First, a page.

Languages of Ghana
|Languages of Ghana|
|Regional||Government-sponsored languages: Akuapem Twi, Asante Twi, Ewe, Dagaare, Dagbani, Dangme, Ga, Gonja, Kasem, Fante, Nzema|
|Immigrant||Chinese, Hindi, Lebanese Arabic,Sindhi, Yoruba|
|Signed||Ghanaian Sign Language |
(American Sign Language)
Adamorobe Sign Language
Nanabin Sign Language
Ghana is a multilingual country in which about eighty languages are spoken. Of these, English, which was inherited from the colonial era, is the official language and lingua franca. Of the languages indigenous to Ghana, Akan is the most widely spoken.
Ghana has more than seventy ethnic groups, each with its own distinct language. Languages that belong to the same ethnic group are usually mutually intelligible. The Dagbanli and Mampelle languages of Northern Region, for instance, are mutually intelligible with the Frafra and Waali languages of the Upper West Region of Ghana. These four languages are of Mole-Dagbani ethnicity.
Eleven languages have the status of government-sponsored languages: three Akan ethnic languages (Akuapem Twi, Asante Twi and Fante) and two Mole-Dagbani ethnic languages (Dagaare and Dagbanli). The others are Ewe, Dangme, Ga, Nzema, Gonja, and Kasem.
The number of government-sponsored languages is either eleven or nine, depending on whether or not Akuapem Twi, Asante Twi, and Fante are considered a single language. They are supported by the Bureau of Ghana Languages, which was established in 1951 and publishes materials in the languages; during the periods when Ghanaian languages were used in primary education, these were the languages which were used. All these languages belong to the Niger–Congo language family, though to several different branches.
Akan (Asante Twi, Fante and Akuapem Twi)
Akan, part of the Kwa branch of the Niger–Congo family, is a dialect continuum, but, with regard to official status, only three out of the many varieties of Akan are recognised: Asante Twi, Akuapem Twi, and Fante. Taken as a whole, Akan is the most-widely spoken language in Ghana.
Ga is the other Ga–Dangme language within the Kwa branch. Ga is spoken in south-eastern Ghana, in and around the capital Accra.
Languages spoken in Ghana by number of speakers
This chart reflects data provided by Ethnologue.
|3||Ghanaian Pidgin English||5,000,000|
|2||Adamorobe Sigh Language||3,500|
|34||Ghanaian Sign Language||6,000|
|41||Kabre, (language kabre)||35,642|
The language of Ghana belong to the following branches within the Niger–Congo language family:
- Kwa languages (Akan, Bia, Guang in Tano; Ga and Adangme)
- Gbe languages (Ewe)
- Gur languages (Gurunsi, Dagbani, Mossi, Dagaare, and Frafra in Oti–Volta)
- Senufo languages (Nafaanra)
- Kulango languages
- Mande languages (Wangara, Ligbi)
Older classifications may instead group them as Kwa, Gur, and Mande.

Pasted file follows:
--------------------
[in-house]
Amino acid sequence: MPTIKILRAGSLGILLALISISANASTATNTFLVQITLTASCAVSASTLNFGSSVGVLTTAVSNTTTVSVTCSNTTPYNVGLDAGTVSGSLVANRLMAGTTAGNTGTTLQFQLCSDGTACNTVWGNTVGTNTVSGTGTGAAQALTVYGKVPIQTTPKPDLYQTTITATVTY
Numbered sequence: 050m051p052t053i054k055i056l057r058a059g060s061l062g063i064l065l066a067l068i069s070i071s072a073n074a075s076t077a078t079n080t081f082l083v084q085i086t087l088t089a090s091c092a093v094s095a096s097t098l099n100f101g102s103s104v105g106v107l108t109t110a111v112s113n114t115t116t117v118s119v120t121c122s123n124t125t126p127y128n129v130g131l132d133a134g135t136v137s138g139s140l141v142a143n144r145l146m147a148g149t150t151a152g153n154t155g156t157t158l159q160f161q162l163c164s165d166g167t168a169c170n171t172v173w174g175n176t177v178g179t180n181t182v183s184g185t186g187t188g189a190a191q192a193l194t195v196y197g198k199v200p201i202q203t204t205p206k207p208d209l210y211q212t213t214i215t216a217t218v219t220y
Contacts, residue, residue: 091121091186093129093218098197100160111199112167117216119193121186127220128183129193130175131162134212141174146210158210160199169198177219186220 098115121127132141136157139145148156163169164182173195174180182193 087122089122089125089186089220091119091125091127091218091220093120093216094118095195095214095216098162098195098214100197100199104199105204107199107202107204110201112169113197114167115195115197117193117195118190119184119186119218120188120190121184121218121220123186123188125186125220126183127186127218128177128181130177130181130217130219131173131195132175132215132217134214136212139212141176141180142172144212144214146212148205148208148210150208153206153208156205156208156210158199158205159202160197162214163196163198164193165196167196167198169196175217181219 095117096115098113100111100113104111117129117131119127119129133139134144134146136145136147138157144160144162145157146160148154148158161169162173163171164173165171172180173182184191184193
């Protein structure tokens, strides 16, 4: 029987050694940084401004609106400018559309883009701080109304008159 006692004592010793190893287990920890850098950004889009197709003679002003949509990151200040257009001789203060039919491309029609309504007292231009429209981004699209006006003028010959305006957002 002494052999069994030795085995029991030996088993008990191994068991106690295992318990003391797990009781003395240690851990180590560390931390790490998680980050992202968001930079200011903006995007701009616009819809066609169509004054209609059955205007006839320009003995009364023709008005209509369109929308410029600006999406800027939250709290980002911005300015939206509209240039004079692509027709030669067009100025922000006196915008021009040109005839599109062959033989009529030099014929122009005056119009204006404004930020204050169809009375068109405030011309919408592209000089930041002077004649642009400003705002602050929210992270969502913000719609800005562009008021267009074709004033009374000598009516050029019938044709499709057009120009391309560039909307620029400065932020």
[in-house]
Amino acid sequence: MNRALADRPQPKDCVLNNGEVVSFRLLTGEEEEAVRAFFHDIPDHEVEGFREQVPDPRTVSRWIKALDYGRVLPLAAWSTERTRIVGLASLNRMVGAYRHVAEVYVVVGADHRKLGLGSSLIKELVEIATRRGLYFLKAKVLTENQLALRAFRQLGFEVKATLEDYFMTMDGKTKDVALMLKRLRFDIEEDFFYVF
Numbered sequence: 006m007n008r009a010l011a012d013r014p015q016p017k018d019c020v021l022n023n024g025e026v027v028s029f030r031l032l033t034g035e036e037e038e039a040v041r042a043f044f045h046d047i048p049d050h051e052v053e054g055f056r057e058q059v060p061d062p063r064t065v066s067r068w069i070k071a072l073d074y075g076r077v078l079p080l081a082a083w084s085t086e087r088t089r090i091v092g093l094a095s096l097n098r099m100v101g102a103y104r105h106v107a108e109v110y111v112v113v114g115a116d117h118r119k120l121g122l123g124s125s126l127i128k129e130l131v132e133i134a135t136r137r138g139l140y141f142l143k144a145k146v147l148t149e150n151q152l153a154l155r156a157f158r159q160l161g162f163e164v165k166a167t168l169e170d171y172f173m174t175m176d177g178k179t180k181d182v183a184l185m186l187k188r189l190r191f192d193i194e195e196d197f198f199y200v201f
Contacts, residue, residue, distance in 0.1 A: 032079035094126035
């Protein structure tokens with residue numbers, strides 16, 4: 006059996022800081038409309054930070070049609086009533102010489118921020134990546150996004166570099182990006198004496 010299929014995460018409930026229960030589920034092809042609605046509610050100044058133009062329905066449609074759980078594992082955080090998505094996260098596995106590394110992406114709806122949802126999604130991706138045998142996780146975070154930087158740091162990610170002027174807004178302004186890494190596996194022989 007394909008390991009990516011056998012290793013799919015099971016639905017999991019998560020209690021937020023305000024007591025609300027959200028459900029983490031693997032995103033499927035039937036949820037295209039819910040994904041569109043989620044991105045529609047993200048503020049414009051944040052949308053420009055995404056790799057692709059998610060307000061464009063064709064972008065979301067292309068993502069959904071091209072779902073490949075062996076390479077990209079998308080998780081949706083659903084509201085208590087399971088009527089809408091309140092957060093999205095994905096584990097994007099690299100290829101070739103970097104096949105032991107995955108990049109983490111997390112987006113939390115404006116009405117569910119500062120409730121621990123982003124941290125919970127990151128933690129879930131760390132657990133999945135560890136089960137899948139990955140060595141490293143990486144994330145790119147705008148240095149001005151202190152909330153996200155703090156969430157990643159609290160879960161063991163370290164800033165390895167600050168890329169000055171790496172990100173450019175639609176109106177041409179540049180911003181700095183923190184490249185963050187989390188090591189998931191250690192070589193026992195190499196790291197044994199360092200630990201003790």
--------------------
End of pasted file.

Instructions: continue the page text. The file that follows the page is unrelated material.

- "The Bureau Of Ghana Languages-BGL". Ghana Embassy Washington DC, USA. 2013. Retrieved 11 November 2013.
- "The Bureau Of Ghana Languages-BGL". National Commission on Culture. 2006. Archived from the original on 12 November 2013. Retrieved 11 November 2013.
- "Ghana Institute of Languages". gil.edu.gh. Ghana Institute of Languages. Archived from the original on 5 October 2017. Retrieved 16 November 2013.
- "Immigration into Ghana Since 1990" (PDF). Regional Institute for Population Studies (RIPS), University of Ghana, Legon. 2012. Retrieved 11 November 2013.
- "Indian Community in Ghana". indiahc-ghana.com. Archived from the original on 8 July 2014. Retrieved 16 November 2013.
- "Ghana," in: Lewis, M. Paul, Gary F. Simons, and Charles D. Fennig (eds.). 2014. Ethnologue: Languages of the World, 17th ed.Murica Texas: SIL International.
- Bernd Kortmann Walter de Gruyter, 2004 (2004). A handbook of varieties of English. 1. Phonology, Volume 2. Oxford University Press. ISBN 9783110175325. Retrieved 11 November 2013.
- "Introduction To The Verbal and Multi-Verbalsystem of Akan" (PDF). ling.hf.ntnu.no. 2013. Archived from the original (PDF) on 7 April 2014. Retrieved 16 November 2013.
- Alhaji Ibrahim Abdulai; John M. Chernoff (1992). "Master Drummers of Dagbon, Volumes 1 and 2". Chicago: University of Chicago Press, 1979. Retrieved 8 December 2013.
- R.S.Rattray Journal of the Royal African Society Vol. 30, No. 118 (Jan., 1931), pp. 40-57 (1931). "The Tribes of the Ashanti Hinterland" (1932)". Journal of the Royal African Society. Oxford University Press. 30 (118): 40–57. JSTOR 716938.CS1 maint: multiple names: authors list (link)
- "The Online Encyclopaedia of Written Systems Languages". Omniglot. 2013. Retrieved 11 November 2013.
- "Verba Africana — Ewe background materials — The Ewe language". verbafricana.org. Retrieved 2019-05-18.
- Richard Asante & E.Gyimah-Boadi (2004). "Ethnic Structure, Inequality and Governance of the Public Sector in Ghana" (PDF). United Nations Research Institute For Social Development (UNRISD). Retrieved 11 November 2013.
- "Ghana". Ethnologue. Retrieved 2019-08-04.
- Ethnologue listing for Ghana
- Ethnologue map of languages in Ghana
- Owu-Ewie, Charles. 2006. The Language Policy of Education in Ghana: A Critical Look at the English-Only Language Policy of Education. In Selected Proceedings of the 35th Annual Conference on African Linguistics, ed. John Mugane et al., 76-85. Somerville, MA: Cascadilla Proceedings Project.
- PanAfrican L10n wiki page on Ghana
- L'aménagement linguistique dans le monde page on Ghana
- http://www.Ghanaweb.com (Read Ghana News)